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Beyond the CrisisThe Governance of Europe's Economic, Political and Legal Transformation$
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Mark Dawson, Henrik Enderlein, and Christian Joerges

Print publication date: 2015

Print ISBN-13: 9780198752868

Published to Oxford Scholarship Online: March 2016

DOI: 10.1093/acprof:oso/9780198752868.001.0001

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Political Legitimacy, Credible Commitment, and Euro Governance

Political Legitimacy, Credible Commitment, and Euro Governance

(p.185) 12 Political Legitimacy, Credible Commitment, and Euro Governance
Beyond the Crisis

Albert Weale

Oxford University Press

Deepening economic governance and the crisis of the eurozone underscore the issue of political legitimacy in the EU. Analytically, legitimacy may be understood by reference to modern social contract theory, which states the conditions under which actors can credibly commit to one another for their mutual advantage. The same theory also shows that when a promised commitment is broken, various instruments of monitoring and compliance will be introduced, a pattern that has been observed in reforms to eurozone governance. Yet, in understanding such a contract, attention needs to be paid to context. The depoliticisation of money involves an affirmation of some types of political responsibility and the denationalisation of money is not credible unless it can secure continuing domestic political support. Given the constraint on political developments, the greater inclusion of national parliaments in the European policy process is essential.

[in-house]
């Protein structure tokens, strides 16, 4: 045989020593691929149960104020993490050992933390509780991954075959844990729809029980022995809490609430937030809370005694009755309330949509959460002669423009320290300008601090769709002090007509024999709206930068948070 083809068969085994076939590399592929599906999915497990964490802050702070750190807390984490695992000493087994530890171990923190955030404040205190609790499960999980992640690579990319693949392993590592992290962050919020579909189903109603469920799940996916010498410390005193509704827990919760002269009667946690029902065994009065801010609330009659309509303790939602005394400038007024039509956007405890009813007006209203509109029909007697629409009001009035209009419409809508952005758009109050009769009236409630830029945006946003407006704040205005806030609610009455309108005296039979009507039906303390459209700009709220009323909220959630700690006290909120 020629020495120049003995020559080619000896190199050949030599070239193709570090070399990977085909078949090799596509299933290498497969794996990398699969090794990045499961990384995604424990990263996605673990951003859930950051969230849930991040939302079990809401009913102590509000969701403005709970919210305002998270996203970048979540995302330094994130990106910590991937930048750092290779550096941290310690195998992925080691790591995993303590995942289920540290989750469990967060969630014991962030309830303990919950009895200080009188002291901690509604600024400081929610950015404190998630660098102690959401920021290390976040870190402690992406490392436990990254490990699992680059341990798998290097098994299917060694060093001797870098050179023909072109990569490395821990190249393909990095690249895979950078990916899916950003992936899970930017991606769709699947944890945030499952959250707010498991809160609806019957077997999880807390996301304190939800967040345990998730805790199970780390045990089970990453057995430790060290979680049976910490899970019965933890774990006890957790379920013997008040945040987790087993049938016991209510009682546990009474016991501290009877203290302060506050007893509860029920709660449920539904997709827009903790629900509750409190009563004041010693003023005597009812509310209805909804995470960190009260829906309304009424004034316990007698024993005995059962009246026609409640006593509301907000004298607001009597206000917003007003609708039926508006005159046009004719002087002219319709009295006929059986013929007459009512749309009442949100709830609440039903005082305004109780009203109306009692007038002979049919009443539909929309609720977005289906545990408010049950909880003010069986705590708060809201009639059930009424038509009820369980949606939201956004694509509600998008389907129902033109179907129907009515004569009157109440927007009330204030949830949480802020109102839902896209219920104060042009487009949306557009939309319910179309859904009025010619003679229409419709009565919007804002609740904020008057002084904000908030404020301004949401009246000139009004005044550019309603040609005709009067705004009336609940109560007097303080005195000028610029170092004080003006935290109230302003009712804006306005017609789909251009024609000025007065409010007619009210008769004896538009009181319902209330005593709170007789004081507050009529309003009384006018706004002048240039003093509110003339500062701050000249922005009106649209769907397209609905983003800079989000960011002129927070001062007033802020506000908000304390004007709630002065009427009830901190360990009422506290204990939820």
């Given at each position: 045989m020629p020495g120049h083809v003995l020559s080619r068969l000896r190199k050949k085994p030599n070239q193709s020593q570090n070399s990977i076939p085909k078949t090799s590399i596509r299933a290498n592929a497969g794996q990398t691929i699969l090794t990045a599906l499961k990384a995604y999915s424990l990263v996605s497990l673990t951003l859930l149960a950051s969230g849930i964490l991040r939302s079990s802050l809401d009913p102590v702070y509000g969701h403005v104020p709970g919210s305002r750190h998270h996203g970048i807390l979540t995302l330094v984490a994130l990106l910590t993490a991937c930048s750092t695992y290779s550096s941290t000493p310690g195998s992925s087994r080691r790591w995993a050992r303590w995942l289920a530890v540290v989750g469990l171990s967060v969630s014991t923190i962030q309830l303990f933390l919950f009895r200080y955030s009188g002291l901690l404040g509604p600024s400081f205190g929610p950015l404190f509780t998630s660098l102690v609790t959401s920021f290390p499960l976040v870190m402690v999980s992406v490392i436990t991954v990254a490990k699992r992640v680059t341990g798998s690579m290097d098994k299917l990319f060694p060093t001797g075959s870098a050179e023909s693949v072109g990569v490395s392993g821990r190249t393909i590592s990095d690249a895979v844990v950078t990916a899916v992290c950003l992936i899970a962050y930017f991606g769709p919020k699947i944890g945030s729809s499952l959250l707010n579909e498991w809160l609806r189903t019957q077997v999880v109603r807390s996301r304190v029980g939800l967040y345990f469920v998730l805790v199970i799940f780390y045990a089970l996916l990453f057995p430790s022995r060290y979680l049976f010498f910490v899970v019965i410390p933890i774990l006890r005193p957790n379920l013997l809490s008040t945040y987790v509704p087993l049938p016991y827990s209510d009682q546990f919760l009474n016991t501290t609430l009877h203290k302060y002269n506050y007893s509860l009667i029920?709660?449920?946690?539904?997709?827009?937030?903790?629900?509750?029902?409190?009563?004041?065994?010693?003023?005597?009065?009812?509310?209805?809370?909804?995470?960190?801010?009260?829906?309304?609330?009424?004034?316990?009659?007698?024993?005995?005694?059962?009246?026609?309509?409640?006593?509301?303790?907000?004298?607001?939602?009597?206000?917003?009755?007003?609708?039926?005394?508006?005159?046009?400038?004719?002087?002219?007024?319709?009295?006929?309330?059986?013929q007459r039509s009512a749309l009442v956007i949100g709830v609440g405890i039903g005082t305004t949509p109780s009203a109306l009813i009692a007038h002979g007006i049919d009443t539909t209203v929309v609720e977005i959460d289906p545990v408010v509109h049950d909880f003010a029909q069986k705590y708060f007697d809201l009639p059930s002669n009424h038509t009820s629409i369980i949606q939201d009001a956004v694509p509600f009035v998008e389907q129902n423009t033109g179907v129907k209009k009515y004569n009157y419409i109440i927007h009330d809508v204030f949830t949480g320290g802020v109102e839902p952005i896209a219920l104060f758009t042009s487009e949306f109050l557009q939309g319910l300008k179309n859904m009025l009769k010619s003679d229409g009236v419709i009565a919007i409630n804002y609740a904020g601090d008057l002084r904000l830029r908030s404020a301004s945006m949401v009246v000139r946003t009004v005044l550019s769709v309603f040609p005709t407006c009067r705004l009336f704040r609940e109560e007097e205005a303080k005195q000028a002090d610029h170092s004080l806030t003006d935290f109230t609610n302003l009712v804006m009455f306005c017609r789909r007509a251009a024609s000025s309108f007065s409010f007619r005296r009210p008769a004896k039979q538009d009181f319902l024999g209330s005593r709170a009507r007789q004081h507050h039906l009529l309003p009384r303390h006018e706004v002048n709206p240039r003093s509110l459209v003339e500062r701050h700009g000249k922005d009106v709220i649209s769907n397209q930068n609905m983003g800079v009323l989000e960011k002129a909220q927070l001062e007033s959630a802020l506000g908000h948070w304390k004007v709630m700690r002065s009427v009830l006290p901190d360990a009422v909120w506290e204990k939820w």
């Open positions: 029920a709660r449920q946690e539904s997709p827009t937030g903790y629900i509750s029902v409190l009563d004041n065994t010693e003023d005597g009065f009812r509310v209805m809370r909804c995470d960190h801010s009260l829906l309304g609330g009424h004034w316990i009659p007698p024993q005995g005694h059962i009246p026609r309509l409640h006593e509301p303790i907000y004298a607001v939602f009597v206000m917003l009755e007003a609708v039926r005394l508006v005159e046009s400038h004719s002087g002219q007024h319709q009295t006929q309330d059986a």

Keywords:   political legitimacy, social contract theory, depoliticisation of money, national parliaments, eurozone crisis, credible commitment, euro governance

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